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Leader humility, leader authenticity and informal learning: how humble team leaders model everyday workplace learning

Michele Rigolizzo (Department of Management, School of Business, Montclair State University, Montclair, New Jersey, USA)
Zhu Zhu (Department of Management, Montclair State University, Montclair, New Jersey, USA)
Jean-François Harvey (Department of Entrepreneurship and Innovation, HEC Montréal, Montréal, Canada)

Journal of Workplace Learning

ISSN: 1366-5626

Article publication date: 26 July 2022

Issue publication date: 12 October 2022




This study aims to empirically examine the relationship between the leader characteristic of humility and the informal learning of team members. It also evaluates the role of leader authenticity in mediating that relationship.


Data were collected on 518 salespeople reporting to 66 managers in a time-lagged study of a financial services firm. Generalized structural equation modeling was used to analyze the data and test a multi-hierarchical mediation model.


Leader humility has a significant positive direct and indirect effect on individual informal learning in team contexts, and leader authenticity partially mediates this relationship.

Research limitations/implications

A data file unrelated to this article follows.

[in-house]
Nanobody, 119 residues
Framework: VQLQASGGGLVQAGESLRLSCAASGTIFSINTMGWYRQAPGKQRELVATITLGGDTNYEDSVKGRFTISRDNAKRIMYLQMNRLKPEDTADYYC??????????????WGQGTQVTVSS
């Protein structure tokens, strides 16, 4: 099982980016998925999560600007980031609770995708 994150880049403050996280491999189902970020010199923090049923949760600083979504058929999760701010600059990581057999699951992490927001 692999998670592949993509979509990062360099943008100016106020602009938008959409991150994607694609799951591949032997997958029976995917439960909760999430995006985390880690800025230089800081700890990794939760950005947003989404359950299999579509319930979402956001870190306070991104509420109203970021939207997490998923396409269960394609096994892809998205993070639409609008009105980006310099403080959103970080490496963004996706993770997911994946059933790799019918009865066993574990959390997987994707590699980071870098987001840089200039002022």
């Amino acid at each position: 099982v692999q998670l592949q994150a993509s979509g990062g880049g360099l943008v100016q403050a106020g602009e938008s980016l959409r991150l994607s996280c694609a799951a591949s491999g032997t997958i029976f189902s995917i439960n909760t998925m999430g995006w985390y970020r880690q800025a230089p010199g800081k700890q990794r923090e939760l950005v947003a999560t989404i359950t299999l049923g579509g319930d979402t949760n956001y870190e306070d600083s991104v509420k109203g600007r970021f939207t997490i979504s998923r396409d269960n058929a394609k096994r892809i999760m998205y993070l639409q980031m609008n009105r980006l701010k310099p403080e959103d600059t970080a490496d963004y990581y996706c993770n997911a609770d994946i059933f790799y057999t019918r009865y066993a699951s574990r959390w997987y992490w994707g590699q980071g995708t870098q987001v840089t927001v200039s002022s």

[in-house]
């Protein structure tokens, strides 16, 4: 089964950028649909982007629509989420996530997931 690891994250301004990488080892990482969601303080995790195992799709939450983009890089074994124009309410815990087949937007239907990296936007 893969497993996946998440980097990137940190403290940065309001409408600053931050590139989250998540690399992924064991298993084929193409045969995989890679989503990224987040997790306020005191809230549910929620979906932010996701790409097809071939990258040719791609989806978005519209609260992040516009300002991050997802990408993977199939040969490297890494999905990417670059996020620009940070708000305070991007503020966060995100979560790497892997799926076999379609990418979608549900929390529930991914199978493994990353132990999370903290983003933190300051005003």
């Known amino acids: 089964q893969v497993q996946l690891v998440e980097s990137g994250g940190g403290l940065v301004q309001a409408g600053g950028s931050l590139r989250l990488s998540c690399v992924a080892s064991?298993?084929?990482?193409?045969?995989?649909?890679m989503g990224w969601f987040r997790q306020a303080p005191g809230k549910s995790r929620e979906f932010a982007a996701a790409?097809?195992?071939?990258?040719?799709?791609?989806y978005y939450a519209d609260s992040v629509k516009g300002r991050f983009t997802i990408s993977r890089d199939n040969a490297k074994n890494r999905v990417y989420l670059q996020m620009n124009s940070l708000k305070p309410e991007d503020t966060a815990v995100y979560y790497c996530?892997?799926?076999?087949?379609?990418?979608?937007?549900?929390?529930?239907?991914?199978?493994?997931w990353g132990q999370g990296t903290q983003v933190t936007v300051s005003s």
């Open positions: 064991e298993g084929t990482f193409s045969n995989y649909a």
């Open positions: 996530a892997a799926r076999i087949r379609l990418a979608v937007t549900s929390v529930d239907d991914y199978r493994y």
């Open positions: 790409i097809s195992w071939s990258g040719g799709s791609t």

This study advances research on how leaders can help transform learning from a risky endeavor to a daily practice. It shows the impact of the leadership characteristic of humility and explains how humble behaviors provide a model for individual learning in team contexts. It also reveals that leader authenticity is a key mechanism through which leader humility comes to influence employees’ informal learning within work teams.


This study provides empirical support for the importance of leader humility in engendering the trust required for employees to engage in everyday workplace learning. It integrates social information processing theory with social learning theory to show that humble leaders provide critical information about the value, cost and methods of individual informal learning in team contexts. Leader humility increases employees’ beliefs that they can and do learn from working in teams because employees perceive the humble leader’s behaviors as representing the leader’s true intentions.



Thank you to Fonds de recherche du Québec – Société et culture (FRQSC), grant # 2019- NP-252530 for partial funding of this research. 


Rigolizzo, M., Zhu, Z. and Harvey, J.-F. (2022), "Leader humility, leader authenticity and informal learning: how humble team leaders model everyday workplace learning", Journal of Workplace Learning, Vol. 34 No. 8, pp. 691-706.



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